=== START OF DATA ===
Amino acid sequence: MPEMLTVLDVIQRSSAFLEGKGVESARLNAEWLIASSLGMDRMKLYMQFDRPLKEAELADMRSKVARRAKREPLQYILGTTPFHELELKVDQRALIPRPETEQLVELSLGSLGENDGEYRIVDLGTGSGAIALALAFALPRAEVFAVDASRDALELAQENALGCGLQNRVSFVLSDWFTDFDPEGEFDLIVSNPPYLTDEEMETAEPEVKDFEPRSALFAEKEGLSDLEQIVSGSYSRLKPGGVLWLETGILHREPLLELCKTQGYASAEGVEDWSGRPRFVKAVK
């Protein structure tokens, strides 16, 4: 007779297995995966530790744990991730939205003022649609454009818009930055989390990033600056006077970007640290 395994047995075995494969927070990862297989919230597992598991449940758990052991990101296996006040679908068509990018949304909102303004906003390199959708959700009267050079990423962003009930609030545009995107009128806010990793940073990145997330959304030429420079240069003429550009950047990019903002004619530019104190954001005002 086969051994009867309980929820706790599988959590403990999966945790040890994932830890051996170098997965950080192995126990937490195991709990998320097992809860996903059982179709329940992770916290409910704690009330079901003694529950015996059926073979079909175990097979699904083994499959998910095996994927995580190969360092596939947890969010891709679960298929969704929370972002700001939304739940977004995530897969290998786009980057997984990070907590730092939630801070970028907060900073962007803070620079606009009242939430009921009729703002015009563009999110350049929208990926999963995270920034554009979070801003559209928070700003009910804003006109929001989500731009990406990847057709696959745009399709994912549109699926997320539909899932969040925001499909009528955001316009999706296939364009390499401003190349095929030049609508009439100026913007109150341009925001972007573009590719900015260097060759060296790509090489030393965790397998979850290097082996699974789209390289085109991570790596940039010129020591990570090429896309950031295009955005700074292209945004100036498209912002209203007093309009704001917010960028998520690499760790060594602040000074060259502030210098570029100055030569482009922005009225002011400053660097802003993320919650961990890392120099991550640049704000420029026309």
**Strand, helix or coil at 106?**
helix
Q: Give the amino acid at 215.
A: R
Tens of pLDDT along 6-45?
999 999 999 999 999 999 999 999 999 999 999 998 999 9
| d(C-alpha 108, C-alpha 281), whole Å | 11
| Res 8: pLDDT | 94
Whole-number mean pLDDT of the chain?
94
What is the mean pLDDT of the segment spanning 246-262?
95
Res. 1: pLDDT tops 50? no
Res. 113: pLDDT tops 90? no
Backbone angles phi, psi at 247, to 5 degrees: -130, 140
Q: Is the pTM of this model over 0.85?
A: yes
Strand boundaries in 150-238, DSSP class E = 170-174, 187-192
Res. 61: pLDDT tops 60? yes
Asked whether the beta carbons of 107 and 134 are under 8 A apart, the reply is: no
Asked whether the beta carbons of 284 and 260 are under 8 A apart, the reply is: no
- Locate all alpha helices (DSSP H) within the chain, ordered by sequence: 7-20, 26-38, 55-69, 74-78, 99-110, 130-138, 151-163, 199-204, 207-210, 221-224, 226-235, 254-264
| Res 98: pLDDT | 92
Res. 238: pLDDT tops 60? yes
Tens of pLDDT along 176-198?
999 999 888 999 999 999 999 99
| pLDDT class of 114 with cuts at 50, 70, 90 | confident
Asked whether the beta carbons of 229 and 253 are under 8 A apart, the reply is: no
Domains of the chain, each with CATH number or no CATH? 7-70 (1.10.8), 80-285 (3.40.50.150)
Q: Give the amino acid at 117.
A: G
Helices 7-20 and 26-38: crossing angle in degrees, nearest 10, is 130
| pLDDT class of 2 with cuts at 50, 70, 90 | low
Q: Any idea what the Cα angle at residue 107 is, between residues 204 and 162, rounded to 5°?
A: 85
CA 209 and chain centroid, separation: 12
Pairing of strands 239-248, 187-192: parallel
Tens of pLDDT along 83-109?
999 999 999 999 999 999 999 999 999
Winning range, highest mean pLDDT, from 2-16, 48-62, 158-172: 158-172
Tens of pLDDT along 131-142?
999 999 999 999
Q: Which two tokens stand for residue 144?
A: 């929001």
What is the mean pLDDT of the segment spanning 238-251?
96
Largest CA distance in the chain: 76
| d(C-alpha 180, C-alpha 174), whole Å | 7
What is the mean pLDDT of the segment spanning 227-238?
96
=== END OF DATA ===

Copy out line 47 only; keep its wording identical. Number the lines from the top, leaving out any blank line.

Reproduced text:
What is the mean pLDDT of the segment spanning 238-251?